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Silverlight 2 Stock List Demo – Part 1

Posted by petermcg on April 17, 2008

Edited on 26/June/2008 : Code download updated to support Silverlight 2 Beta 2

Edited on 20/October/2008 : Code download updated to support Silverlight 2 RTW

Part One : From XML file to DataGrid via LINQ to XML – (Code download)

One of the great features new to Silverlight 2.0 Beta 1 is the support for LINQ to XML available in the System.Core and System.Xml.Linq assemblies. Part 1 of this post shows a simple Silverlight application that populates a DataGrid with sample financial stock information read from an XML file using LINQ to XML.

This is the layout of our initial Visual Studio 2008 solution structure :

Solution Structure

Our solution contains three projects, the Silverlight Application project StockListDemo.App and it’s hosting Web Site, and a Silverlight Class Library (StockLibrary). Notice in our Silverlight Application we have a folder called Data containing an XML file pre-populated as follows :

<?xml version="1.0" encoding="utf-8" ?>
<stocks>
  <stock symbol="AAHH" bid="256.02" ask="256.70" />
  <stock symbol="AAPM" bid="181.31" ask="182.03" />
  <stock symbol="AAZG" bid="286.51" ask="286.93" />
  <stock symbol="ABOO" bid="226.74" ask="227.69" />
  <stock symbol="ADJS" bid="109.35" ask="109.92" />
  <stock symbol="AELX" bid="91.52" ask="92.43" />
  ...
</stocks>

Each <stock /> element in the Stocks.xml file consists of a symbol name for the stock, a bid price and an ask price. Although it’s easy to see where the file resides at design time, it’s not immediately obvious how to access it at runtime. When in this situation it’s a good idea to check the ‘Build Action’, you can do this by clicking on the file and pressing F4 :

Stocks.xml Build Action

When you add a new XML file to a Silverlight Application in Visual Studio 2008 the Build Action is set to ‘Content’ by default which means the file and it’s folder structure will be packaged at the root of the Silverlight .xap deployment package. A .xap file is packaged when you build a Silverlight Application by the Chiron.exe SDK tool and is really just a .zip file. If we open it in a .zip file application after a build you can see the Data folder containing the .xml file :

Stocks.xml in Xap Extract

Now we know where the file is at runtime, the question is how do we get at it and read it. Here’s one solution, but the title of this post says LINQ to XML so here’s the code to read the 1000 stock elements from the XML file in the .xap and assign the results to a collection :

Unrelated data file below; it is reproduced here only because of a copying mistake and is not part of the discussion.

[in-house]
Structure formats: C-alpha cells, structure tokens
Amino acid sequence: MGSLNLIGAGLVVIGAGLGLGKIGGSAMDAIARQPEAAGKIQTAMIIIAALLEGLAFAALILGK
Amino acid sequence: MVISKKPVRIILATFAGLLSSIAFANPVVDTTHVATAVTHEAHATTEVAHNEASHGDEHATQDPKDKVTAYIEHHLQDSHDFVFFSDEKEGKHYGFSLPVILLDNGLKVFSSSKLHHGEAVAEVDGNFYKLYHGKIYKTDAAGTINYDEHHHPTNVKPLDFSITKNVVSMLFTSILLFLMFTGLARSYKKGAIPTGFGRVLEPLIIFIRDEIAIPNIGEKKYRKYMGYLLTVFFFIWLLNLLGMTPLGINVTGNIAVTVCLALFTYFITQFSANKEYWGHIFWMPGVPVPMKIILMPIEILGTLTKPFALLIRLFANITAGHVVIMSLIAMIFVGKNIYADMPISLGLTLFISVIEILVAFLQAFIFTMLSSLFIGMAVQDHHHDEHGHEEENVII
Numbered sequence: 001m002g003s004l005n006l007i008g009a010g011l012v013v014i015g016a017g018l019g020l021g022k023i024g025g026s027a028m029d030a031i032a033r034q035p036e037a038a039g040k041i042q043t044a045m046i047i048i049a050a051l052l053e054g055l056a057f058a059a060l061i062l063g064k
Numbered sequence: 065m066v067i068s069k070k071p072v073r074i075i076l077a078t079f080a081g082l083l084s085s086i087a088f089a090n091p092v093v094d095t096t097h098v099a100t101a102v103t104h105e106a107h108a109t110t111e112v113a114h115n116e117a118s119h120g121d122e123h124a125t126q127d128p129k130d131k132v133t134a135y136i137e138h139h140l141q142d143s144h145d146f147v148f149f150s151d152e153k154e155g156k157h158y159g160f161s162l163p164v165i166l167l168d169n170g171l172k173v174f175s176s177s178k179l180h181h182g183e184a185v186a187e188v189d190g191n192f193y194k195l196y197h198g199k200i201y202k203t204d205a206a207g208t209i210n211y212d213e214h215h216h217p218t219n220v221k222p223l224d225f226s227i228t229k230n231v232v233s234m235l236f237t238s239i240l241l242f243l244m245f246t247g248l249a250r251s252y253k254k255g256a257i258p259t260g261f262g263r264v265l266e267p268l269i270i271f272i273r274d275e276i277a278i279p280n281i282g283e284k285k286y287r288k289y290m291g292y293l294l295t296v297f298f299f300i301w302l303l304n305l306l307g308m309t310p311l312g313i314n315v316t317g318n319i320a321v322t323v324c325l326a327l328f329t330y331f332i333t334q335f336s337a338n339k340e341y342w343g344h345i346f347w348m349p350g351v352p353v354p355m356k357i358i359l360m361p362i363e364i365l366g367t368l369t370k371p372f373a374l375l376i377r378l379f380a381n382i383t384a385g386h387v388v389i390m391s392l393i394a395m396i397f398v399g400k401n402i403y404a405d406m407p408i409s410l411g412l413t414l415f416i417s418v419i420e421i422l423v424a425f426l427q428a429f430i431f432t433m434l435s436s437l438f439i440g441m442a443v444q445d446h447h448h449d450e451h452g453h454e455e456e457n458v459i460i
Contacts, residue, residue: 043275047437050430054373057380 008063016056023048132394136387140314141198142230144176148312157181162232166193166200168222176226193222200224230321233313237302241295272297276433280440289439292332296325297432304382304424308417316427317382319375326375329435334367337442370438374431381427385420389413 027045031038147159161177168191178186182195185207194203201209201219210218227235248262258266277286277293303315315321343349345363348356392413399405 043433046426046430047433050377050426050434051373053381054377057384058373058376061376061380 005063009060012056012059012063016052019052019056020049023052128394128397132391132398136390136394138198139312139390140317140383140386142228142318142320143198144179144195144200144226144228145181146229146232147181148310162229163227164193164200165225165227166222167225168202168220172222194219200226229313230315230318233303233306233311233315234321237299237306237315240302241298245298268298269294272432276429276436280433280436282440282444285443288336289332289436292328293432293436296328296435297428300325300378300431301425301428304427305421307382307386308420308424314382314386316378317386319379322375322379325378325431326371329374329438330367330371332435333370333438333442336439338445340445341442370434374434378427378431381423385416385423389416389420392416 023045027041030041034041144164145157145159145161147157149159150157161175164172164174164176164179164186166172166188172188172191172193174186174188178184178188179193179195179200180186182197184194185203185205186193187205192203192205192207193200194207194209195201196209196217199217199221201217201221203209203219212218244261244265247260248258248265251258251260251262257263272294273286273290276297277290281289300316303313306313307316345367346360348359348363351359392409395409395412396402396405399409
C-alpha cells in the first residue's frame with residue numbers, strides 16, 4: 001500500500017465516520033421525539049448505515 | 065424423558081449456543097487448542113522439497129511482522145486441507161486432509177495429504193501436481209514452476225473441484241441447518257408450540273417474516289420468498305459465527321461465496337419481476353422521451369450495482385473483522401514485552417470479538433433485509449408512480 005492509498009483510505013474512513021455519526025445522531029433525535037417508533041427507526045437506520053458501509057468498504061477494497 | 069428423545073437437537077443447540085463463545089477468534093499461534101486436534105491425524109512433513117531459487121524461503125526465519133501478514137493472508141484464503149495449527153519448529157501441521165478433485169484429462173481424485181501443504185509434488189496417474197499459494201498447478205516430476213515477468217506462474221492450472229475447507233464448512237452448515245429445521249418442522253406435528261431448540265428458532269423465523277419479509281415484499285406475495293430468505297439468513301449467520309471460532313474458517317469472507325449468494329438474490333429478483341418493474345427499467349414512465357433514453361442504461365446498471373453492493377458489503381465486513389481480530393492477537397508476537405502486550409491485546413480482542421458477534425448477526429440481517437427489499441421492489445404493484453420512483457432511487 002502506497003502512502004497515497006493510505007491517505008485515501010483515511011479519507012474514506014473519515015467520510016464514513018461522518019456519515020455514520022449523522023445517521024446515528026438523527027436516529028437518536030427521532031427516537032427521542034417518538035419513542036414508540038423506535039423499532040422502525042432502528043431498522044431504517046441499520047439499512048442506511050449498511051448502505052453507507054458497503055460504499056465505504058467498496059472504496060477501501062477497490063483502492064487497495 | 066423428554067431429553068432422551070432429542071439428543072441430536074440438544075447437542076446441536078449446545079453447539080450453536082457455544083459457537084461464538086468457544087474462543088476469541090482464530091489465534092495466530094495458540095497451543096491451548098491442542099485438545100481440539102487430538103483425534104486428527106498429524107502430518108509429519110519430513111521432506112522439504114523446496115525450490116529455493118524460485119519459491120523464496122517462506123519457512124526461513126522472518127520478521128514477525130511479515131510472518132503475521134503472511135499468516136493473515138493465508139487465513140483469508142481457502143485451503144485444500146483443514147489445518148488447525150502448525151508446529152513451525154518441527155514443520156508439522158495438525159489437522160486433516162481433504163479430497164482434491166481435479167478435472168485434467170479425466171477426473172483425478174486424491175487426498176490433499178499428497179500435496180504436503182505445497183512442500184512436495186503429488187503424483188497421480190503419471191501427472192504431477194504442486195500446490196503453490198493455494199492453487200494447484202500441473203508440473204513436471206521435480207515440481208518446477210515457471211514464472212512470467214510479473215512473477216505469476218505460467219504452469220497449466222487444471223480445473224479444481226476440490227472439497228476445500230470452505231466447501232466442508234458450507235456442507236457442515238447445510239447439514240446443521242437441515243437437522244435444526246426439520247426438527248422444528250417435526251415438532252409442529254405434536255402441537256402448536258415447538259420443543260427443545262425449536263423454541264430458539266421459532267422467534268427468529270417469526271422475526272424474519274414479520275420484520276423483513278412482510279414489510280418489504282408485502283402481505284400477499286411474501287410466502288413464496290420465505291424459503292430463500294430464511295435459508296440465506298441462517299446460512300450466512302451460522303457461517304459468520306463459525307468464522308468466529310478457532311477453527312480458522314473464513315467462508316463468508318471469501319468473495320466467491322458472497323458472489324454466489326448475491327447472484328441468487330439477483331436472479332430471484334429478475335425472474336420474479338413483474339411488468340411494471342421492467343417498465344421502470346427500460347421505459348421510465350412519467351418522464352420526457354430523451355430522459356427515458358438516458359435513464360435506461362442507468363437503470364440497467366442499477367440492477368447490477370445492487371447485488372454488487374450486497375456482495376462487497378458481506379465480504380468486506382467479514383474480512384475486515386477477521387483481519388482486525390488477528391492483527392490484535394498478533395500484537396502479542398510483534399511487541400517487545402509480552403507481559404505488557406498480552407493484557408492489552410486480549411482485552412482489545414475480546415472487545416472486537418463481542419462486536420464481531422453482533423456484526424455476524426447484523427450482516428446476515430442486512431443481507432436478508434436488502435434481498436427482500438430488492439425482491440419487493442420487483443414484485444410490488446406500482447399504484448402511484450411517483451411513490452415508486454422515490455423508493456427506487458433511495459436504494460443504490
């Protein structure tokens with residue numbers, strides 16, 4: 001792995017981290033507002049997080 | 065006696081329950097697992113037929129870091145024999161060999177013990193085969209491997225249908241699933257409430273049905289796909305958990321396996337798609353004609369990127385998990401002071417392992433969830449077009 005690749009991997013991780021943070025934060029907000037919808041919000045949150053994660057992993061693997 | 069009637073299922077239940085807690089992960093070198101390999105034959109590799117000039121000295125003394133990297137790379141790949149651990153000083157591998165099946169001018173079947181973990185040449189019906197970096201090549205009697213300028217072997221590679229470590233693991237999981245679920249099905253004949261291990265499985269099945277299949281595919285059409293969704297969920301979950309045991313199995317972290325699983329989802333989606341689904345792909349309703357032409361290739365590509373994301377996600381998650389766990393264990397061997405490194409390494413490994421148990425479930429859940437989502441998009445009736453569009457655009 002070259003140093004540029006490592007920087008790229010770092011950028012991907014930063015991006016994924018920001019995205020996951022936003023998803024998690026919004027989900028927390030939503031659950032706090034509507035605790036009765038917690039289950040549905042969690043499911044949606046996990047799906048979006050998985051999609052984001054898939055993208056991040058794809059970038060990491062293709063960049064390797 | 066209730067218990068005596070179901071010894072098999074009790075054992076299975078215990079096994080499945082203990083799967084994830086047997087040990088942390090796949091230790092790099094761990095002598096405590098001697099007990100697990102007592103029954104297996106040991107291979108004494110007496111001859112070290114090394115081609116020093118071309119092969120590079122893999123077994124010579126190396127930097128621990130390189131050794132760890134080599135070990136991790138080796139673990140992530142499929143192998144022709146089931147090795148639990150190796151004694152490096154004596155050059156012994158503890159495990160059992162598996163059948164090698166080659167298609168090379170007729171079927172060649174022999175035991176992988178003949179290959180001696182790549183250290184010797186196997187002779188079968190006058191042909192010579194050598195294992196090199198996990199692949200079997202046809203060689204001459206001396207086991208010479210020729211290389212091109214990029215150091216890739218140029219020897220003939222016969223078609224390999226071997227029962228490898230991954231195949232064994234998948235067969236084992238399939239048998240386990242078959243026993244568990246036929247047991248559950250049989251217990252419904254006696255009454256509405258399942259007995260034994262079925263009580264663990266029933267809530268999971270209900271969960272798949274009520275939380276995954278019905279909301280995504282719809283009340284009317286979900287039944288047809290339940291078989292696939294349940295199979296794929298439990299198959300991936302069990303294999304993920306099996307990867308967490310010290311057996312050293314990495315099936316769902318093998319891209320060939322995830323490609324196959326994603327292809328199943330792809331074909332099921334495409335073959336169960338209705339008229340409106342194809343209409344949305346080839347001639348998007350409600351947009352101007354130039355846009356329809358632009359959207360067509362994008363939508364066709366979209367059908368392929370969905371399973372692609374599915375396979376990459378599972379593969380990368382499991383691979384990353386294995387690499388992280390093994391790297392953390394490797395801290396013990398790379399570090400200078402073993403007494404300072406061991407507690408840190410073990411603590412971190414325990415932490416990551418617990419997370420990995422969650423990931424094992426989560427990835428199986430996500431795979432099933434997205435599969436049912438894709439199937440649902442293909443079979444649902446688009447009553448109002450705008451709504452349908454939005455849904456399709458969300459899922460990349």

public List<Stock> GetStocks()
{
    List<Stock> stocks = new List<Stock>();

    XElement doc = XElement.Load("Data/Stocks.xml");

    stocks = (from el in doc.Elements()
              select GetStock(el)).ToList();

    return stocks;
}

private Stock GetStock(XElement el)
{
    Stock s = new Stock();
    s.Symbol = el.Attribute("symbol").Value;
    s.Bid = Convert.ToDouble(el.Attribute("bid").Value);
    s.Ask = Convert.ToDouble(el.Attribute("ask").Value);
    return s;
}

The two methods above are part of the XmlFileStockService class in the StockLibrary project, you can download the whole small example solution below. The GetStocks method is required by the IStockService interface which the XmlFileStockService class implements. Another class in the same assembly is the StockTicker class. StockTicker has a private field of type IStockService and calls GetStocks on this field to expose the collection in the StockList property. Page.xaml has an instance of StockTicker and assigns it’s StockList property to the ItemsSource property of a DataGrid called StocksGrid with AutoGenerateColumns="True" :

Stock List DataGrid

In a real world situation this data would come from a source such as a web service, now that Silverlight supports cross-domain calls, the data for this type of RIA application can really come from a wide variety of sources. This is a sample application but with the IStockService interface has still been designed to require a minimum of changes for swapping out the datasource from an XML file to a WCF service for example. Some of the areas I intend to take a look at in future posts in this series are : incorporating a web service as a datasource, getting the stock list to tick with modifications and additions and more.

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2 Responses to “Silverlight 2 Stock List Demo – Part 1”

  1. zozo said

    Thanks for good post.. but where is the simple code for the above example.. I would like to have that am doing something similar tried to work wiht your Webservice examplebut it is so complicated with so many classes?? can you post the simple example ?/

  2. Peter McGrattan said

    Hi Zozo, Thanks for your comment, I’ve now updated the code download link for this post to point to the Beta2 version of the simple part 1 demo.

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